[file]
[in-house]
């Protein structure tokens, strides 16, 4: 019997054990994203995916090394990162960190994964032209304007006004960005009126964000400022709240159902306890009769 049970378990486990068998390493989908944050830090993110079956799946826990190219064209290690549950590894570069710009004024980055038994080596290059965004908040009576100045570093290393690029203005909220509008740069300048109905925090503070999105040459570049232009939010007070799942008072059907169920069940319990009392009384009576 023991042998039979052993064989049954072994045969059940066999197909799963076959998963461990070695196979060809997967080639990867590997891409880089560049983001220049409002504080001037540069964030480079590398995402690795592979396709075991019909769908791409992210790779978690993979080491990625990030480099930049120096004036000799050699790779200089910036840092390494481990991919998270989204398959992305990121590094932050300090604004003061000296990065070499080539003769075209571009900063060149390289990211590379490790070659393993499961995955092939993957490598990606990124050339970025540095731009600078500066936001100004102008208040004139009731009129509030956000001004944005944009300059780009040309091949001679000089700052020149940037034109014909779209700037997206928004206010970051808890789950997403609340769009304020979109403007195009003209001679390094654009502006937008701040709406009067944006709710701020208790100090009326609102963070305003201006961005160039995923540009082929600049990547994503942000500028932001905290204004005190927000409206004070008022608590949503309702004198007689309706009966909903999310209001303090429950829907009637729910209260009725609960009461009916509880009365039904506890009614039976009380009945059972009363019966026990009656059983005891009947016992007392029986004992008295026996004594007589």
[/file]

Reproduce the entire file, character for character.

[in-house]
């Protein structure tokens, strides 16, 4: 019997054990994203995916090394990162960190994964032209304007006004960005009126964000400022709240159902306890009769 049970378990486990068998390493989908944050830090993110079956799946826990190219064209290690549950590894570069710009004024980055038994080596290059965004908040009576100045570093290393690029203005909220509008740069300048109905925090503070999105040459570049232009939010007070799942008072059907169920069940319990009392009384009576 023991042998039979052993064989049954072994045969059940066999197909799963076959998963461990070695196979060809997967080639990867590997891409880089560049983001220049409002504080001037540069964030480079590398995402690795592979396709075991019909769908791409992210790779978690993979080491990625990030480099930049120096004036000799050699790779200089910036840092390494481990991919998270989204398959992305990121590094932050300090604004003061000296990065070499080539003769075209571009900063060149390289990211590379490790070659393993499961995955092939993957490598990606990124050339970025540095731009600078500066936001100004102008208040004139009731009129509030956000001004944005944009300059780009040309091949001679000089700052020149940037034109014909779209700037997206928004206010970051808890789950997403609340769009304020979109403007195009003209001679390094654009502006937008701040709406009067944006709710701020208790100090009326609102963070305003201006961005160039995923540009082929600049990547994503942000500028932001905290204004005190927000409206004070008022608590949503309702004198007689309706009966909903999310209001303090429950829907009637729910209260009725609960009461009916509880009365039904506890009614039976009380009945059972009363019966026990009656059983005891009947016992007392029986004992008295026996004594007589």